Muscular Dystrophy Association Launches New Venture Philanthropy
TUCSON, Ariz., April 1, 2009 — The Muscular Dystrophy Association (MDA) today announced the launch of a new initiative, MDA Venture Philanthropy (MVP), which will be a wholly owned subsidiary of MDA. A 501(c)(3) nonprofit organization, MVP will break with traditional philanthropy models for funding research by applying the tools of venture capital firms to fast track the development of new therapies and cures for muscular dystrophy and related diseases.
In the newly emerging realm of venture philanthropy, MVP will be uniquely positioned because of its ability to build upon MDA's highly successful translational research program that efficiently integrates the various steps in research and clinical trials, while leveraging MDA's significant clinical resources.
MDA will provide initial seed money of $10 million for MVP's operating capital. Its investments will specifically focus on companies conducting commercially promising research in four disease categories: Duchenne muscular dystrophy (DMD); amyotrophic lateral sclerosis (ALS or Lou Gehrig's disease); spinal muscular atrophy (SMA); and Friedreich's ataxia, myotonic dystrophy, and limb-girdle muscular dystrophy.
MVP will approach the raising, investment and management of funds much like a venture capital firm, utilizing venture capital principles and tools to develop strategies, evaluate each investment opportunity, make quick and soundly based decisions and comprehensively report results against milestones to investors.
MVP will seek donations from a new body of philanthropists -- individuals with both a familial connection to muscle diseases and the financial ability to make a significant contribution ($250,000 or more). MVP will then use the donations to place initial targeted investments into biotechnology companies and academic institutions with highly promising therapies for these diseases. These investments by MVP will not only provide needed funding but will also serve to attract follow-on investments from other sources such as pharmaceutical and biotech companies.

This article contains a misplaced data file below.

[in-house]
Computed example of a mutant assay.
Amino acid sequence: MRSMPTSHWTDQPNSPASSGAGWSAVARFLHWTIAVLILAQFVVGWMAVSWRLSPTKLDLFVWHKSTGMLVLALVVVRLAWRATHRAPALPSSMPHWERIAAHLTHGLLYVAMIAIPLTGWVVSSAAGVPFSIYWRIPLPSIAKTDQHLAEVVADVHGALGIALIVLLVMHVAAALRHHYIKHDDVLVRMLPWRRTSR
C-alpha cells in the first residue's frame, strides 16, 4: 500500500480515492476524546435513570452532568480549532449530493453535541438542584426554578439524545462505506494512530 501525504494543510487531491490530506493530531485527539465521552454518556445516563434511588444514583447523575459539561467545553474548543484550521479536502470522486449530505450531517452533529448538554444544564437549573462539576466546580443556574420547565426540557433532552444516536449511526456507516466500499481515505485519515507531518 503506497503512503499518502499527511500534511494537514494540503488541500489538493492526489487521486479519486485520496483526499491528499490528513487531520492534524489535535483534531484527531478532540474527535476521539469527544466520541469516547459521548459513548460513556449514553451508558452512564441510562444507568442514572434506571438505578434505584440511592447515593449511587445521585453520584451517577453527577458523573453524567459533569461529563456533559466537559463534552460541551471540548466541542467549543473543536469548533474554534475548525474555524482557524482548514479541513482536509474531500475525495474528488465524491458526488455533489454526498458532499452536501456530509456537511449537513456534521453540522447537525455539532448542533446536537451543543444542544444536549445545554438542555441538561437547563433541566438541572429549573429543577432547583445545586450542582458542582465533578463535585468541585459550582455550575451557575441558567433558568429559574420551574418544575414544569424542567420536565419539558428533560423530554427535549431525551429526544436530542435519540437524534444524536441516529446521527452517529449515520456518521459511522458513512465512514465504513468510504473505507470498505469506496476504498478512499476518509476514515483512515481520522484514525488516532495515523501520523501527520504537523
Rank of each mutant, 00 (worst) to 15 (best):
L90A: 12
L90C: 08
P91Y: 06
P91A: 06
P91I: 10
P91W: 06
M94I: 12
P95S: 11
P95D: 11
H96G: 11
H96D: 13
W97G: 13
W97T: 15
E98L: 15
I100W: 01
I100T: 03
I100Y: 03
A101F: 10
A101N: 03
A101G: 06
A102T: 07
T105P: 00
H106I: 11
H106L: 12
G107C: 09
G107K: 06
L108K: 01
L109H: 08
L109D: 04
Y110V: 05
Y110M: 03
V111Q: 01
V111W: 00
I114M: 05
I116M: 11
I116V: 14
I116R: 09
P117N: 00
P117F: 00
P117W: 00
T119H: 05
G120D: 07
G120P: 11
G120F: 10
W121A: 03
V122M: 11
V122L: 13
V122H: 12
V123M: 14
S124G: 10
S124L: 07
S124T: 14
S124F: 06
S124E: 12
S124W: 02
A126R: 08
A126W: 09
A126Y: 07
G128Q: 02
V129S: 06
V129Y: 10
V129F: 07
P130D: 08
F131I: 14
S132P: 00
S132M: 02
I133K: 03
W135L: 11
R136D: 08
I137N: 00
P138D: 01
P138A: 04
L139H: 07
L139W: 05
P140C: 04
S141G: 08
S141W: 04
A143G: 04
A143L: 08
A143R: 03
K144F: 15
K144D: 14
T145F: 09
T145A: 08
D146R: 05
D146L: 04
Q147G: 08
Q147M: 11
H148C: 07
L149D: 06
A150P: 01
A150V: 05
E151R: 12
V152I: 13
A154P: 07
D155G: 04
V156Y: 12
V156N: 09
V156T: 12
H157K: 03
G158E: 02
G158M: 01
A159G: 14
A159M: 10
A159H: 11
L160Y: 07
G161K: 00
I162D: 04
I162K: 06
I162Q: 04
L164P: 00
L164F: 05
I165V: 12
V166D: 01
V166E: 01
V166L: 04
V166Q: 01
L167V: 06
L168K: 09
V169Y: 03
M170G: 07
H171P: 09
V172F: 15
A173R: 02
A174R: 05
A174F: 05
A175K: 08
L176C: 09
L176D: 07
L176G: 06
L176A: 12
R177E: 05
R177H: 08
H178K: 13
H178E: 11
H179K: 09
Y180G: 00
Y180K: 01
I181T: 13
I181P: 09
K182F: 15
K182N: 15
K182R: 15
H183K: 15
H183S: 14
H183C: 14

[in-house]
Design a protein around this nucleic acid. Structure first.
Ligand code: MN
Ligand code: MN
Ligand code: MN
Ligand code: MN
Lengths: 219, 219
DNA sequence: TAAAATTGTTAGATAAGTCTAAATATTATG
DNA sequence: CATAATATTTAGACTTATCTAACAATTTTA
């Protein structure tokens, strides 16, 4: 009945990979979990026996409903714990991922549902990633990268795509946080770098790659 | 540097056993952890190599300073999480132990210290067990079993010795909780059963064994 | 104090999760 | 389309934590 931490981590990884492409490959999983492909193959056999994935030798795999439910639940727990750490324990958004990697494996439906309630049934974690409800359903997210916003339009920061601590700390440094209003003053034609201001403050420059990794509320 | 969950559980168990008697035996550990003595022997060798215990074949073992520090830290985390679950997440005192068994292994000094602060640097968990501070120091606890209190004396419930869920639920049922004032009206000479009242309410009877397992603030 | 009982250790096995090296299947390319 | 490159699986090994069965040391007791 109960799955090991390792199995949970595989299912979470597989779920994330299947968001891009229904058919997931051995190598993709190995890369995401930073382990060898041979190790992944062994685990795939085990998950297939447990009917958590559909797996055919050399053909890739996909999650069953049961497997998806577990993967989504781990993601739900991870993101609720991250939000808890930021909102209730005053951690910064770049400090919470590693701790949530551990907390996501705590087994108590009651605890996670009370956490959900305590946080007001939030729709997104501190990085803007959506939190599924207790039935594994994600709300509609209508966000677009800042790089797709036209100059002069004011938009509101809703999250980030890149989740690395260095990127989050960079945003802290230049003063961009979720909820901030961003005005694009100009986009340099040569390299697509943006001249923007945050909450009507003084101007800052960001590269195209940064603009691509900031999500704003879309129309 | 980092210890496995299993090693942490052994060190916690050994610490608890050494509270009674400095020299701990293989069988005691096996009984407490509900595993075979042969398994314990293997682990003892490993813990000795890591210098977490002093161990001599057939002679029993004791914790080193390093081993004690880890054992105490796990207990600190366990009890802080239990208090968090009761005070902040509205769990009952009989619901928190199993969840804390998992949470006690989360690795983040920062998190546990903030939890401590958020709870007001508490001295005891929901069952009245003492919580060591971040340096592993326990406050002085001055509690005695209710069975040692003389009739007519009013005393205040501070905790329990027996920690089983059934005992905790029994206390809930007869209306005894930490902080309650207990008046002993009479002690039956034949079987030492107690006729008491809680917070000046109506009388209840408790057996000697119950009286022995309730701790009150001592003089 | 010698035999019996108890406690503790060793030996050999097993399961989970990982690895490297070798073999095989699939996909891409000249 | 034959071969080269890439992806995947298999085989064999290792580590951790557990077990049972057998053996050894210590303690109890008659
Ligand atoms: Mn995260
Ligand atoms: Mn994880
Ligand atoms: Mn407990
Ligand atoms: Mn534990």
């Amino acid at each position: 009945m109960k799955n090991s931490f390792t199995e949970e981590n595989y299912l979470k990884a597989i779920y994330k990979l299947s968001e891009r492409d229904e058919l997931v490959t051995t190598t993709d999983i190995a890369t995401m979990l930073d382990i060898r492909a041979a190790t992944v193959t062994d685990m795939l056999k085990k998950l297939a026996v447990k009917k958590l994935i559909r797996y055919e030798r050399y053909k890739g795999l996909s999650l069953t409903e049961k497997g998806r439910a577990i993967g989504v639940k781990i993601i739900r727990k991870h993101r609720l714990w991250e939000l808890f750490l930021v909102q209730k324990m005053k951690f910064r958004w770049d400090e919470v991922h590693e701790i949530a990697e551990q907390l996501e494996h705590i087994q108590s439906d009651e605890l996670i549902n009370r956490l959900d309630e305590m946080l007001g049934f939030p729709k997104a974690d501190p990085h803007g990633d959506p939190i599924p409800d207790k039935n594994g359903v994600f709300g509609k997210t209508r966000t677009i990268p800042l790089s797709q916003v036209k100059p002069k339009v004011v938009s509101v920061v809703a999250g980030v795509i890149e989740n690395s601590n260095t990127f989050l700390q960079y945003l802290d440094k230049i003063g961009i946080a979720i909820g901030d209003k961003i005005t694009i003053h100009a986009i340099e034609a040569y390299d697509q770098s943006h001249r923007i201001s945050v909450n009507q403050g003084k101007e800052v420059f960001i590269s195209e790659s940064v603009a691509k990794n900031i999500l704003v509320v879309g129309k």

"We're excited about MVP because it will help us to overcome the critical funding gap that can occur in research on promising new drugs and therapies," said MDA President & CEO Gerald C. Weinberg.
MVP's venture capital model addresses the well-known drug development challenge in which promising work on ideas for new drug therapies, development of which can take many years and cost more than $1 billion to bring to fruition, can run out of money and be abandoned. The funding problem is worsened when the drug or the therapy is being developed for a disease that affects a relatively small patient population base, with a relatively small return on investment. MVP overcomes these problems by joining the entrepreneurial spirit of donors with best business practices to drive a specific therapeutic development.
"As a venture philanthropy operating in a very distressed economy and a competitive philanthropy landscape, MVP will hold the companies we invest our donations in fully accountable through milestone-driven contracts," MVP Executive Director Sharon Hesterlee, Ph.D. said. "But we will also hold ourselves accountable to our donors through a structure that enables them to have an advisory role in MVP's investment evaluation process, and to see firsthand that MVP is meeting its goals as an organization."
About MDA: MDA is a voluntary health agency supporting programs of worldwide research, comprehensive services, advocacy, and professional and public health education for muscular dystrophy and related diseases. MDA is the largest nongovernmental sponsor of neuromuscular disease research. The Association's programs are funded almost entirely by individual private contributors. Visit www.mda.org for more information.